I keep myself very well hydrated. Basically I drink a lot. I like running in the mornings which involves refreshment afterwards. I love a hot drink. All this liquid is exactly what is scarce in this eroded, arid and bleached land.

The landscape is parched, barren and very thirsty due to the effects of decades of human land use, climate change and land abandonment. Water systems designed to store and capture rainfall and irrigate crops no longer work. The land crumbles underneath your feet. I caused a mini landslide when stumbling down a hillside. The loose stones were dropping off the mountain face like icing sugar blown from a cake.

Distracted from painting, I went for daily walks after a few cups of tea. At some point during the walk the ‘call of nature’ would summon. Being in such a quiet place where you could walk for hours and not see a soul, I happily relieved myself openly on the chalky dry soil. This natural compost, or ‘Humanure’ as Jenkins calls it is very eco-friendly and I felt pleased to finally do my bit for the planet and save flushing the toilet. This action of carrying the precious liquid inside me from the house and releasing it into the landscape became a poignant ‘act’ as I was guest/pest to the host organisation. I was in affect transporting their water into the landscape. This ‘release’ was symbolic, but also a ‘waste.’

The only painting it felt fitting to do whilst in this fascinating location and yet equally perverse, was painting that was dependent upon using water; watercolour. I brush-placed globules of watercolour onto paper that slowly seeped into its ground, this gradual absorption mirroring the process of rainfall soaking the soil, turning from half-sphere 3D paint to fully immersed into the paper flesh when dried. I also brush-dropped watercolour onto paper, turning these circular splatters into shapes that resembled the Aleppo pines outside and architectural and landscape design tree drawing templates.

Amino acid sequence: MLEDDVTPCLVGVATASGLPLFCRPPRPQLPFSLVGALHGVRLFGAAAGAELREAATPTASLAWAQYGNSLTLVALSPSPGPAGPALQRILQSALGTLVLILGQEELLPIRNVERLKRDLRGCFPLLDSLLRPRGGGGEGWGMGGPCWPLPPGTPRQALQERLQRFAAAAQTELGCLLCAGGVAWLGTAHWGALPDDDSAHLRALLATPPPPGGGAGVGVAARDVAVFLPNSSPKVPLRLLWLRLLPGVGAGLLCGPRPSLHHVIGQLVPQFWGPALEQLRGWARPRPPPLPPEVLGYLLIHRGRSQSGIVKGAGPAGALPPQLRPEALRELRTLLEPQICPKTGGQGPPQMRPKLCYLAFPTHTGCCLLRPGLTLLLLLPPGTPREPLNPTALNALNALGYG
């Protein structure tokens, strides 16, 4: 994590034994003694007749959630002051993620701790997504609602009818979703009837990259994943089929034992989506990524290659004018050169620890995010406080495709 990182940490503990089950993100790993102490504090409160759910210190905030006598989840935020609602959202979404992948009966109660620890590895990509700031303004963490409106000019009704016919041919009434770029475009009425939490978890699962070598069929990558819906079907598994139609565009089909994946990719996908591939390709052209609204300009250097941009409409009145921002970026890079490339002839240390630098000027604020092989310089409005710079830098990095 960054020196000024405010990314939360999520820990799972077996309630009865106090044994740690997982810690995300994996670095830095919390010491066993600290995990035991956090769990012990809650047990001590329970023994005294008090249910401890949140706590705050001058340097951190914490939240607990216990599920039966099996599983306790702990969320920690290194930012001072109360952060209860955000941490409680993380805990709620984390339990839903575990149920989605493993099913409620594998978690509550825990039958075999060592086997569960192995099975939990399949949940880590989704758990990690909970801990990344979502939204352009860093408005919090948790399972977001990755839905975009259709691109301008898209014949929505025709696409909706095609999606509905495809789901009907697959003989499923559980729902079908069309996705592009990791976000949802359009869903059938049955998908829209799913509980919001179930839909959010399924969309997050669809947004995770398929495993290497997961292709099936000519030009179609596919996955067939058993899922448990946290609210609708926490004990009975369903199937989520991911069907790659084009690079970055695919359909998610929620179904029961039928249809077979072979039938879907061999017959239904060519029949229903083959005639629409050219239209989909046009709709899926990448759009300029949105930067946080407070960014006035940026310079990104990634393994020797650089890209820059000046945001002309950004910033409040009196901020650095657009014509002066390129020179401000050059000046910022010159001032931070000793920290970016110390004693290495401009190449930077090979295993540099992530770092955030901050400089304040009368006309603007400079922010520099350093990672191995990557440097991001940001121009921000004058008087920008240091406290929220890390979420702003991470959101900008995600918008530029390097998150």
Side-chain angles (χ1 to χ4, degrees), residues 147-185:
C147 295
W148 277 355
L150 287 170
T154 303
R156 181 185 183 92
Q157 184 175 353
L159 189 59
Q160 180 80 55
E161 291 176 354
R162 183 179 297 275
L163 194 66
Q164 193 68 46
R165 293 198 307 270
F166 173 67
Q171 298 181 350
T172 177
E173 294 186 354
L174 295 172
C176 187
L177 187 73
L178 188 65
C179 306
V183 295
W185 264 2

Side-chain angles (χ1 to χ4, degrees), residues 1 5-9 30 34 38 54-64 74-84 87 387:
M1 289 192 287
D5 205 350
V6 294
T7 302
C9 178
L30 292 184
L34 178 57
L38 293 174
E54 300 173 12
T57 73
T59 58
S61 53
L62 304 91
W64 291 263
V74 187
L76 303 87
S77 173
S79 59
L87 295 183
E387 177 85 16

Rachel Magdeburg 2016

Rachel Arena
Joya: AiR / writer Jonaki Ray / India

When I applied or a writer’s residency at Joya: AiR I had been attracted by the word interdisciplinary in it’s description. Having studied science and currently working in the field of communication, it seemed like a good fit. I applied and sent my writing samples and was thrilled to be selected! There was a problem though.

I had fallen recently and my left hand was in a plaster cast almost till the elbow. Would I be able to undertake this journey – thousands a miles away from home, family and everything familiar? My doubts swarmed like bees in my head, and I nearly cancelled, but decided to come at the last moment.

My route took me through Delhi – Istanbul – Madrid – Sevilla – Granada – Vélez Rubio. Along the way I learned to deal with security and customs, drag my suitcase one-handed, figure out the trains and buses in Spain, and communicate in rudimentary Spanish. By the time I reached Cortijada Los Gázquez (the home of Joya: AiR) I was exhausted. Yet this white, rectangular building, renovated and combined from five different houses, felt like home.

I learned about the ecological and artistic projects, walked, and decompressed, finally! As I chatted with my hosts, ate delicious meals everyday, and observed the landscape around me, I realised the commonality of problems between Spain and India – water shortage, drought (floods in some areas), farmers crises, villagers flocking to cities and resultant urban crises.

I realised that a lot of conservation efforts – rainwater harvesting, water recycling, solar electricity usage, renewal of ancient water catchments could be adopted in India as well. My stay taught me about the intersection of art and ecology and the importance of conversations and collaborations between people from various disciplines. The hope and faith that my hosts and other resident artists put into various projects, inspired the same in me. I started painting, after years, and integrating my poetry with my paintings.

During my journey here, I had (inadvertently) witnessed the Semana Santa processions. Perhaps it is fitting that I am leaving with a feeling of renewed faith – in myself and in life.

Jonaki Ray

Writer in residence April 2016

Rachel Arena